Primary RA-PTAS for atherosclerotic RAS was attempted in 112 kidneys during the study period. Of these, eight were excluded due to residual stenosis on initial postintervention renal artery DUS imaging, two were excluded due to lack of renal artery DUS follow-up data, and one was excluded as a technical failure related to inability to access the target renal artery. The remaining 101 kidneys in 91 patients form the basis of this analysis.

Mean preintervention angiographic RAS was 79.1% ± 12.9%. Of these stenotic lesions, 73% were categorized as ostial, 18% involved the proximal renal artery, and 9% involved the truncal renal artery. Distal renal artery balloon occlusion was used for embolic protection during 90% of procedures. Patient baseline demographics are reported in Table II. Mean patient age was 68.8 ± 10.1 years, all patients had hypertension, 53% were women, and 87% were white. According to the eGFR, moderate or severe renal insufficiency was observed in 72% of patients. The mean preintervention renal artery diameter was 5.6 ± 0.1 mm, and mean stent diameter was 5.7 ± 0.1 mm.

Table II
Demographics of the 91 study patients

There were no periprocedural deaths. Estimated restenosis-free survival adjusted for within-subject correlation was 50% at 12 months and 40% at 18 months (Fig 2). Proportional hazards regression analysis demonstrated decreased risk for restenosis associated with preoperative statin use (HR, 0.35; 95% CI, 0.16–0.74; P = .006) and preoperative diastolic blood pressure (DBP; HR, 0.70 per 10-mm Hg increase in preoperative DBP; 95% CI, 0.49–0.99; P = .049). No other covariates assessed (Table I) were associated with restenosis-free survival. Predicted restenosis-free survival stratified by statin medication use is displayed graphically in Fig 3.

Fig 2
Estimated restenosis-free survival. The estimation method accounts for the correlated data. The standard error of the survival estimate is <0.1 for the displayed postintervention interval.
Fig 3
Time to restenosis stratified by statin medication use. Estimation method accounts for correlated data. Line becomes broken when the standard error of the survival estimate is > 0.1.

Clinical manifestations and management of restenosis

Clinical manifestations and management of restenosis are summarized in Table III. At a mean postintervention interval of 5.5 months, 28 recurrent lesions were identified in 27 patients. Bilateral restenosis developed in one patient managed with staged bilateral primary RA-PTAS, whereas the remaining restenoses were unilateral. In 17 of 27 patients (63%) with restenosis, there were no associated clinical manifestations such as worsening of hypertension, need for resumption of previously discontinued antihypertensive agents, or decline in eGFR after an initial improvement. In the setting of improvement after RA-PTAS in hypertension control or renal function, or both, these patients were managed with continued medical therapy and DUS surveillance without repeat angiography. The remaining 10 patients (37%) with restenosis identified by DUS imaging had associated hypertension or a decline in eGFR, or both, prompting repeat intervention. Angiography findings in these patients confirmed the presence of ≥60% diameter-reducing instent restenosis in all arteries.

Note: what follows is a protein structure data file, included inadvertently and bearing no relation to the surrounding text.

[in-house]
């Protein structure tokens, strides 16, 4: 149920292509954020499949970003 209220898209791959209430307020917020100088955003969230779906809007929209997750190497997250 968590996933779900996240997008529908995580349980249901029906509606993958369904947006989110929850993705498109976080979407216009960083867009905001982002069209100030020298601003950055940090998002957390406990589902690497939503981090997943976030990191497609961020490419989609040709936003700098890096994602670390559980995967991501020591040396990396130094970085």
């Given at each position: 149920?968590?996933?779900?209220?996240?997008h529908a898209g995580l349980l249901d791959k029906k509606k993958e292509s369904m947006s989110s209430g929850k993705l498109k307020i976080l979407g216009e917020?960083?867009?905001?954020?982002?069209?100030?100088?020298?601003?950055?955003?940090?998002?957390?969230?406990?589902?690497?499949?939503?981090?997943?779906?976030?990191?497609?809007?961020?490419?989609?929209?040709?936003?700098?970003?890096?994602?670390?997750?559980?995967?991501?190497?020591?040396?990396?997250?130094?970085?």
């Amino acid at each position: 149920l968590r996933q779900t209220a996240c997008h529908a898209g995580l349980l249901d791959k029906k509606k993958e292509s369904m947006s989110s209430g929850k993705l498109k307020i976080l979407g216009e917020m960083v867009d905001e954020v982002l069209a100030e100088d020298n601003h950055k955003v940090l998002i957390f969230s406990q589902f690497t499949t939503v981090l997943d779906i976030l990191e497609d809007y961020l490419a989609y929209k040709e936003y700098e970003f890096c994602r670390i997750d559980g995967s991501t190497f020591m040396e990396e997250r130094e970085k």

Table III
Clinical manifestations and procedural management of renal artery stenosis after renal artery percutaneous angioplasty and stenting

Among individuals who underwent repeat intervention for restenosis, procedural management initially consisted of surgical revascularization in one patient and repeat angioplasty in nine; four of the nine repeat angioplasties were performed using cutting balloons. A second restenosis developed in one patient managed with repeat angioplasty and was later treated with aortic endarterectomy plus renal artery bypass. One patient with restenosis was hospitalized for an acute hypertensive emergency associated with pulmonary edema and improved clinically with aggressive medical management. A DUS examination after discharge from the hospital revealed interval progression of the restenosis to occlusion.